Ted Williams draws 2,000th career walk
Digital Preservation Project
The player nicknamed The Splendid Splinter led the American League in bases on balls eight times in his 19-year career with the Boston Red Sox, and on Aug. 20, 1960, he drew his 2,000th career walk. At the time, the only other player to have reached that milestone was Babe Ruth.
The walk came in Williams’ first at bat in the first game of a Saturday doubleheader against the Baltimore Orioles. Williams led the Red Sox to an 8-6 victory with a 3-for-4 performance at the plate, including six RBI, two home runs and three runs scored in front of 17,437 fans at Fenway Park.
Boston finished the 1960 season with an unremarkable 65-89 overall record. Williams, however, was a bright spot: In 113 games, Williams hit .316 with 29 home runs and earned an All-Star berth, the 17th of his career.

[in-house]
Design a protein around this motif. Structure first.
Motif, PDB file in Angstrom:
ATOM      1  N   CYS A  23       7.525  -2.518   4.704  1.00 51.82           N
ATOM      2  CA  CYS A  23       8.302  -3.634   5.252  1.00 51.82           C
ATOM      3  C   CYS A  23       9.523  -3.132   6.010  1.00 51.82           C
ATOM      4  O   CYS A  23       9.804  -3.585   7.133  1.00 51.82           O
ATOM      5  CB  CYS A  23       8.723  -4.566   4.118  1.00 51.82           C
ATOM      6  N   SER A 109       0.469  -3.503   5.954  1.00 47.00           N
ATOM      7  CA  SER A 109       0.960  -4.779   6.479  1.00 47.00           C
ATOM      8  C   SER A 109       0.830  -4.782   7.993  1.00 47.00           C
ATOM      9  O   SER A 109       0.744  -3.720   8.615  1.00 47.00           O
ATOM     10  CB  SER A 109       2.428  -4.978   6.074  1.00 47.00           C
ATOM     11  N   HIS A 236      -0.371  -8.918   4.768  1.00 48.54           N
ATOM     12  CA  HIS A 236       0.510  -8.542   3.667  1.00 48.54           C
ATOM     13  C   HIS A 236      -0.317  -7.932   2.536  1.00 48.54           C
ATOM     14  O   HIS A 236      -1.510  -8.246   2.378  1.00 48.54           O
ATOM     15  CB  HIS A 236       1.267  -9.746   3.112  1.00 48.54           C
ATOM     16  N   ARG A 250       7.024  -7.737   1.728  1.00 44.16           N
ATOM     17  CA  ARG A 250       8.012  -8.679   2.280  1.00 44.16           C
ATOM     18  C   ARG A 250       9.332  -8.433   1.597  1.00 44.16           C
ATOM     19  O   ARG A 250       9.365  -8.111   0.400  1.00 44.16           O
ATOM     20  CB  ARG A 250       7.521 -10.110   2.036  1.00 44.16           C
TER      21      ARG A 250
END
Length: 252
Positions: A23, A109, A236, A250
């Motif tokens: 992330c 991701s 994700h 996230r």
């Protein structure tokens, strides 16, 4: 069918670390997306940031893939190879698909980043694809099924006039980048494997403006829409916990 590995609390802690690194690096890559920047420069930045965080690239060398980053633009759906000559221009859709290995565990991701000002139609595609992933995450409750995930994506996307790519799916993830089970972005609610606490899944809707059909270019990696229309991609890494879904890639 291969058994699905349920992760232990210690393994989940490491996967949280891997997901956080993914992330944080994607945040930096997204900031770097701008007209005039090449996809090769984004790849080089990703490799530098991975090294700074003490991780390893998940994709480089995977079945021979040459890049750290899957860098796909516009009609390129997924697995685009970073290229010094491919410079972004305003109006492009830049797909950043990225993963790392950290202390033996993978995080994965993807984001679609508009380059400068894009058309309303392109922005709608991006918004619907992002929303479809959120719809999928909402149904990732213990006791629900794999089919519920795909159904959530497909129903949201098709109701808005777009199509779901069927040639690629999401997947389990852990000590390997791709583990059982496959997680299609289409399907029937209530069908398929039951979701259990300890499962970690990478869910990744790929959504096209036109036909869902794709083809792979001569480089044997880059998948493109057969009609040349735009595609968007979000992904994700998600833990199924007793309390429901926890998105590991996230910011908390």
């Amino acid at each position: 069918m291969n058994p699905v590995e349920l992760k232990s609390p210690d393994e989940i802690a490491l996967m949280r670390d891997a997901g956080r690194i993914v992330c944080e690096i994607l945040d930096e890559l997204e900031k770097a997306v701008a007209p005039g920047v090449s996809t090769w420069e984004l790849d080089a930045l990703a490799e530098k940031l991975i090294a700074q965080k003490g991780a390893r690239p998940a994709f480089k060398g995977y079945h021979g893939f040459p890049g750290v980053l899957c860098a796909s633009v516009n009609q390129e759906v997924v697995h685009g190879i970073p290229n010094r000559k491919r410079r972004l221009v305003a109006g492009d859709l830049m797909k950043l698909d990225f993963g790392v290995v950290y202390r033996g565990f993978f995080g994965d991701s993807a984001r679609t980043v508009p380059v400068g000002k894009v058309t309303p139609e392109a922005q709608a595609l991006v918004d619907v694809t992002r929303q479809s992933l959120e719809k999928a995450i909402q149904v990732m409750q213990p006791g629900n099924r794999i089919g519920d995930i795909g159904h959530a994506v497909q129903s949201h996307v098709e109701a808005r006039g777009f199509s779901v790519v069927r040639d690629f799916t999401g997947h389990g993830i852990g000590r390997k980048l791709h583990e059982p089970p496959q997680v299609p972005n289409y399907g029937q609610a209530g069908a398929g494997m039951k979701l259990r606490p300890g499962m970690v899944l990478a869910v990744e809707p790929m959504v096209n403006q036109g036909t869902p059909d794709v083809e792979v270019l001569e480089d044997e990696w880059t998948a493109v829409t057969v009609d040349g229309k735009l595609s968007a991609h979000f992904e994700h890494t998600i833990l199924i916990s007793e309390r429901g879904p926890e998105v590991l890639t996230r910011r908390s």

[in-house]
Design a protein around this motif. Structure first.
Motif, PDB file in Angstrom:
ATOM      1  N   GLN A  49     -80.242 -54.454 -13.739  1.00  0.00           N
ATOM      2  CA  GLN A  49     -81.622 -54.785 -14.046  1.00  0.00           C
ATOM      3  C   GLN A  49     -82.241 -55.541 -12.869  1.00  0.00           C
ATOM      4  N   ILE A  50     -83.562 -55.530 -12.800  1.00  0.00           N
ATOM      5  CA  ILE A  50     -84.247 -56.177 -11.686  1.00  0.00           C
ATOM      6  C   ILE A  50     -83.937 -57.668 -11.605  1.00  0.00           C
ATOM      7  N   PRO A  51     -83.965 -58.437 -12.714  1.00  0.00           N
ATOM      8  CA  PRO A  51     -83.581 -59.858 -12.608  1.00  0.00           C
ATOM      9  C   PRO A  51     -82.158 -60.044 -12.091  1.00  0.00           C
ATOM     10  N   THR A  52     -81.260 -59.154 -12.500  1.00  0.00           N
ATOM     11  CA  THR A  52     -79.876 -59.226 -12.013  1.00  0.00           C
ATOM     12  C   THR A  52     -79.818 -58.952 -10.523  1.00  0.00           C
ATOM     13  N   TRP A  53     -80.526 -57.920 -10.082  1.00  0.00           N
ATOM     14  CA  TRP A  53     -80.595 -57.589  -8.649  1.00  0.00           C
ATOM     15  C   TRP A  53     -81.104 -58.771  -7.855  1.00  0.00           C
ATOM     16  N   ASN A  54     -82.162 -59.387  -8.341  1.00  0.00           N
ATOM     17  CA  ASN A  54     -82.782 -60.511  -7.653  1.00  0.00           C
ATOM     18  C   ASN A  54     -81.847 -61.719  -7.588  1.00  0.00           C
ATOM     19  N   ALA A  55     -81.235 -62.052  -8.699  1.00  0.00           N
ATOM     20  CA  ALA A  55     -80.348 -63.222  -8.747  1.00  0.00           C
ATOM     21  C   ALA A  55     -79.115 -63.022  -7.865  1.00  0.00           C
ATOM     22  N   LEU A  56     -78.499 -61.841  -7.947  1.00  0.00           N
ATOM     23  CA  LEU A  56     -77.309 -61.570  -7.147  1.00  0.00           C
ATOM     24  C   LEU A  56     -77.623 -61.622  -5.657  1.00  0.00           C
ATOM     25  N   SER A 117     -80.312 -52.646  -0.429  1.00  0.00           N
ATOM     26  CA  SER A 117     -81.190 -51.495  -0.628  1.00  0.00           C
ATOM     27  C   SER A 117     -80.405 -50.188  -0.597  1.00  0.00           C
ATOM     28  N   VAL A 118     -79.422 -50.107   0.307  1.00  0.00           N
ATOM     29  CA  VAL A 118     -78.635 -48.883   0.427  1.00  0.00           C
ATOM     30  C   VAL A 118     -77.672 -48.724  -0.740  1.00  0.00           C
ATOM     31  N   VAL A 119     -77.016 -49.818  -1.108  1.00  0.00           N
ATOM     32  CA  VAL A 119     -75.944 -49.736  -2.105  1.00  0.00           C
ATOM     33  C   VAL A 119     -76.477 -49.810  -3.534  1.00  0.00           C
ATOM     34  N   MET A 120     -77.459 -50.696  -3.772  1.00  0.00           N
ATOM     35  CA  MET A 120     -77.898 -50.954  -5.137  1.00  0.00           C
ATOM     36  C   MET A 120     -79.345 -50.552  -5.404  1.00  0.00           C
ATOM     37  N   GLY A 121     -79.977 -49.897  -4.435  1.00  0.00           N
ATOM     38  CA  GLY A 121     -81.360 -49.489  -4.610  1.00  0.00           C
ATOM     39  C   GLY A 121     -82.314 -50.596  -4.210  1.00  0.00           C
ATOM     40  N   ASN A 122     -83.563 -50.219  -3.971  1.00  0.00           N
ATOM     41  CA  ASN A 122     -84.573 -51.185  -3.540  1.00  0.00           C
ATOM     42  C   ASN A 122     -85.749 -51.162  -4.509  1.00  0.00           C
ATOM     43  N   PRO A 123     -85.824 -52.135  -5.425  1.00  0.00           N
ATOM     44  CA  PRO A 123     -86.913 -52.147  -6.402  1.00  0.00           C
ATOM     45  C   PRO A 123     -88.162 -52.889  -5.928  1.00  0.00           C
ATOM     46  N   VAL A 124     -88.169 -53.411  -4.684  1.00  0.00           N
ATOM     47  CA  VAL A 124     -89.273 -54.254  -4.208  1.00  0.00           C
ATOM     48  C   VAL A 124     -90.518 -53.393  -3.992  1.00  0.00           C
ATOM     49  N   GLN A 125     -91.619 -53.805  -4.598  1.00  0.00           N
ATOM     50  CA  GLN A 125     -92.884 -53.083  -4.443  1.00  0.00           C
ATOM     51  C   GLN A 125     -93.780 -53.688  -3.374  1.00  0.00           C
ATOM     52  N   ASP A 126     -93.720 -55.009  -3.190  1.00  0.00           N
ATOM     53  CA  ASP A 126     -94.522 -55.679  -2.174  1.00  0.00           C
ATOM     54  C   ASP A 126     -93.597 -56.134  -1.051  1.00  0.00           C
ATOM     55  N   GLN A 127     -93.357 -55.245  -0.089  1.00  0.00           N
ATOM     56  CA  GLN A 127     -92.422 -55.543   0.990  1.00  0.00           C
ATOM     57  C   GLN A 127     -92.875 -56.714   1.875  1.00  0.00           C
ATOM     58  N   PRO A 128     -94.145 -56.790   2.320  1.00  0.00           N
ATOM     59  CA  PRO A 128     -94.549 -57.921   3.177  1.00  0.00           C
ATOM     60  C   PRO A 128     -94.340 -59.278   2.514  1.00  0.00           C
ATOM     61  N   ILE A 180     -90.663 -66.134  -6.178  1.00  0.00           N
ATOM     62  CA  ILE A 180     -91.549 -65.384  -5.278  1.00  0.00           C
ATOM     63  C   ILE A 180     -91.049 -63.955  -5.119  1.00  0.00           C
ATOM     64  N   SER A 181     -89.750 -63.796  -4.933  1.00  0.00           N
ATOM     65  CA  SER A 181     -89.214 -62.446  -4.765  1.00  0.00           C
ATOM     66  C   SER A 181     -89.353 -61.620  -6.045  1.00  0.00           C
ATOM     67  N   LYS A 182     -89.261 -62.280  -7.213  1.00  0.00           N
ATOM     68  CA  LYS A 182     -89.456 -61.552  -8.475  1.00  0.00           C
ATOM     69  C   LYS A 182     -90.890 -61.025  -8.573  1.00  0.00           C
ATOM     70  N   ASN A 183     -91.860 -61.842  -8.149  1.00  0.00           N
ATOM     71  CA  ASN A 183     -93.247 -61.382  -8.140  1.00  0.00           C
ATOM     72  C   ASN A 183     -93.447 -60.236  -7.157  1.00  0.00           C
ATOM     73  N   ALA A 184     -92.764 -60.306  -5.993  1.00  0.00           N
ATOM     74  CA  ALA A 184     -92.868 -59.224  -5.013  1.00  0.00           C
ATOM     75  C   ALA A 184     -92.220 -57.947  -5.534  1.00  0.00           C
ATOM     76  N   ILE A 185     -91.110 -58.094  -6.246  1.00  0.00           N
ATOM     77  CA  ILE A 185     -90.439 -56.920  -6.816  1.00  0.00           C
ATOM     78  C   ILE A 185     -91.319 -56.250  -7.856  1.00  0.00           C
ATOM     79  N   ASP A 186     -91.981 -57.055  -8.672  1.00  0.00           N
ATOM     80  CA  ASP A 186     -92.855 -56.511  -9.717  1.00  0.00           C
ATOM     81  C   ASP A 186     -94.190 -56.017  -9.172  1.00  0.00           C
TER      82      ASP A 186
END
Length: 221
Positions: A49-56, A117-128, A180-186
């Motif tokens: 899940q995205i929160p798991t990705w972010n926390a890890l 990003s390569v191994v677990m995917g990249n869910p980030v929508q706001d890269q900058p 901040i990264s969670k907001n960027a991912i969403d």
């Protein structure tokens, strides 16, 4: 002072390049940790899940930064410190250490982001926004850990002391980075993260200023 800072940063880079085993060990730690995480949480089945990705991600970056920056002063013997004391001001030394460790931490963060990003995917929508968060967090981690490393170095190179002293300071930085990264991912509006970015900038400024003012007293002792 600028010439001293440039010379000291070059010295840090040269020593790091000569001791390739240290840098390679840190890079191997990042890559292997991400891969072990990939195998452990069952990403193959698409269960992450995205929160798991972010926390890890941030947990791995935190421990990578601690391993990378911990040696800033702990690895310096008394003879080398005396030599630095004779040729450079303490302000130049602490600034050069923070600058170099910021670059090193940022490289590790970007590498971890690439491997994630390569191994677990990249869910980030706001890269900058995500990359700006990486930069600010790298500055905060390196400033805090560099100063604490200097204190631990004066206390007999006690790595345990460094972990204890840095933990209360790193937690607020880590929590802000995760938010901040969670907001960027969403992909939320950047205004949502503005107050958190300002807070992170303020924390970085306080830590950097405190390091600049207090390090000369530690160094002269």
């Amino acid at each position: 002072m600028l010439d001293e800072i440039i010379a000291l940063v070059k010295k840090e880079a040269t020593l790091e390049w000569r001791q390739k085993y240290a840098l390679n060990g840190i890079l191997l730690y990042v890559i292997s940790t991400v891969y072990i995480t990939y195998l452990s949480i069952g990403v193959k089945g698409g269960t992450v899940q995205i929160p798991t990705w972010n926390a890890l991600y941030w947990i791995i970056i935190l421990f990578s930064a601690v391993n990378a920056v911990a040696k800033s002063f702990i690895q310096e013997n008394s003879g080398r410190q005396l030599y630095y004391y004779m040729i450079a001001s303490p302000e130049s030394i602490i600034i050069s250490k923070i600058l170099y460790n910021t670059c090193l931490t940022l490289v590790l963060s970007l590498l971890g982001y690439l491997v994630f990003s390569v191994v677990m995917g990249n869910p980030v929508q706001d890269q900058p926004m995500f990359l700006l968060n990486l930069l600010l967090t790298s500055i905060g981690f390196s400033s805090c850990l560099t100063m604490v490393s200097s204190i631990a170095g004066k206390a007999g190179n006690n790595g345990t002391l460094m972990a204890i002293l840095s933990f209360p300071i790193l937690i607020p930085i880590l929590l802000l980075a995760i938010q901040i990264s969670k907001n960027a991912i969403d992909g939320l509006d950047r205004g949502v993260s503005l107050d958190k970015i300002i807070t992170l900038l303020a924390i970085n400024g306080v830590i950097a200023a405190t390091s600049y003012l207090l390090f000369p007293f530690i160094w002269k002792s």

But by the time Williams’ career ended, he was also regarded as one of the most disciplined and patient batters to have ever played the game.
“I’ll never forget Ted coming to the plate,” former big league pitcher Gene Conley said. “You talk about a guy putting you back on your heels on the mound. He dug in, and he looked so big up there and the bat looked so light in his hands… Confidence just oozed out of him. He took something away from you even before you threw a pitch.”
Kristen Gowdy was the 2014 public relations intern in the Frank and Peggy Steele Internship Program at the National Baseball Hall of Fame and Museum